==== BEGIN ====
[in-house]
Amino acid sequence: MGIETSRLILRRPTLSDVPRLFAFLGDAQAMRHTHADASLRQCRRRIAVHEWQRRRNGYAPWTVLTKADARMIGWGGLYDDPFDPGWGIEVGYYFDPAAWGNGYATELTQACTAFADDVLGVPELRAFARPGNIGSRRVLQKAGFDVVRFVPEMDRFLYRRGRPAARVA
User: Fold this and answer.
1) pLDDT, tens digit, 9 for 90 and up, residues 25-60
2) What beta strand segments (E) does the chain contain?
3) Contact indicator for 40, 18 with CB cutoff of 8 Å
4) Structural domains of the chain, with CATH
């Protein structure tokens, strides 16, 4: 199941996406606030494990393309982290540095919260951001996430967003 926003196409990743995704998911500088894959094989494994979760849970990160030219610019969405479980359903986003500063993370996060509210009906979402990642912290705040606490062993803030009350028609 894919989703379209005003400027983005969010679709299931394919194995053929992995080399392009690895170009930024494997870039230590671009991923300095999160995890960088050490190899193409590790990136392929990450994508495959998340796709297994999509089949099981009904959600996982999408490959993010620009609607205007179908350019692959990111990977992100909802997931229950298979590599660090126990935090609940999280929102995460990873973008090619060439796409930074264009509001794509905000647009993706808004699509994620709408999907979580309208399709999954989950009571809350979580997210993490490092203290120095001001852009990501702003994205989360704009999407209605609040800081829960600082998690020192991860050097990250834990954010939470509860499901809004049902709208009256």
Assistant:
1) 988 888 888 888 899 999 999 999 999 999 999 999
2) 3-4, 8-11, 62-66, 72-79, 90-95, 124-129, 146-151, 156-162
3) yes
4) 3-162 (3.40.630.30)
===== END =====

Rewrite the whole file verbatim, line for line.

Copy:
[in-house]
Amino acid sequence: MGIETSRLILRRPTLSDVPRLFAFLGDAQAMRHTHADASLRQCRRRIAVHEWQRRRNGYAPWTVLTKADARMIGWGGLYDDPFDPGWGIEVGYYFDPAAWGNGYATELTQACTAFADDVLGVPELRAFARPGNIGSRRVLQKAGFDVVRFVPEMDRFLYRRGRPAARVA
User: Fold this and answer.
1) pLDDT, tens digit, 9 for 90 and up, residues 25-60
2) What beta strand segments (E) does the chain contain?
3) Contact indicator for 40, 18 with CB cutoff of 8 Å
4) Structural domains of the chain, with CATH
């Protein structure tokens, strides 16, 4: 199941996406606030494990393309982290540095919260951001996430967003 926003196409990743995704998911500088894959094989494994979760849970990160030219610019969405479980359903986003500063993370996060509210009906979402990642912290705040606490062993803030009350028609 894919989703379209005003400027983005969010679709299931394919194995053929992995080399392009690895170009930024494997870039230590671009991923300095999160995890960088050490190899193409590790990136392929990450994508495959998340796709297994999509089949099981009904959600996982999408490959993010620009609607205007179908350019692959990111990977992100909802997931229950298979590599660090126990935090609940999280929102995460990873973008090619060439796409930074264009509001794509905000647009993706808004699509994620709408999907979580309208399709999954989950009571809350979580997210993490490092203290120095001001852009990501702003994205989360704009999407209605609040800081829960600082998690020192991860050097990250834990954010939470509860499901809004049902709208009256």
Assistant:
1) 988 888 888 888 899 999 999 999 999 999 999 999
2) 3-4, 8-11, 62-66, 72-79, 90-95, 124-129, 146-151, 156-162
3) yes
4) 3-162 (3.40.630.30)